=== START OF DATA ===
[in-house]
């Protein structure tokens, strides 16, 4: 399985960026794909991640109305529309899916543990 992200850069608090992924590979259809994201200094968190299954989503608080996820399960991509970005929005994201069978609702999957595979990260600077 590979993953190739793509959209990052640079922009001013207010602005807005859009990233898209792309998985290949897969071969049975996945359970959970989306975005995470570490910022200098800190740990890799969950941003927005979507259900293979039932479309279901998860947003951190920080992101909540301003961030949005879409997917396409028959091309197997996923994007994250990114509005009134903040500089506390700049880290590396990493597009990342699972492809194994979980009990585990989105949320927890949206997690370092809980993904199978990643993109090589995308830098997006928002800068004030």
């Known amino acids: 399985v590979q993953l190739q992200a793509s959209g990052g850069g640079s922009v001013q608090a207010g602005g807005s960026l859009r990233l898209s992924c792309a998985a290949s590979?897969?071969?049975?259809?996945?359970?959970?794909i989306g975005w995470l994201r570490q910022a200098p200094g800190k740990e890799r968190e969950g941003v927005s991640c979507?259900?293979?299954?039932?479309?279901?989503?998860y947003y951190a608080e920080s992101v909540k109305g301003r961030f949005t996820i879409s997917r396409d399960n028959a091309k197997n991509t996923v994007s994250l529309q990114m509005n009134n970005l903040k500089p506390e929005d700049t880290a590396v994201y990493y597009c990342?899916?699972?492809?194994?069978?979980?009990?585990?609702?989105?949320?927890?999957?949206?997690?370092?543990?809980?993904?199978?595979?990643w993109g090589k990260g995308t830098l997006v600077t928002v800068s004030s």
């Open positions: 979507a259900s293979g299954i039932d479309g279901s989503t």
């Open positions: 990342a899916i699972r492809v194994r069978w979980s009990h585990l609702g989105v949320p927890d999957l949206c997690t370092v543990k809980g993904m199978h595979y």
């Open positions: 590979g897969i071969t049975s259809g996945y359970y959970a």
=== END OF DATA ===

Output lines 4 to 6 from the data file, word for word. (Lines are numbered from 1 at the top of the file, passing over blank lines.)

């Open positions: 979507a259900s293979g299954i039932d479309g279901s989503t």
């Open positions: 990342a899916i699972r492809v194994r069978w979980s009990h585990l609702g989105v949320p927890d999957l949206c997690t370092v543990k809980g993904m199978h595979y």
């Open positions: 590979g897969i071969t049975s259809g996945y359970y959970a």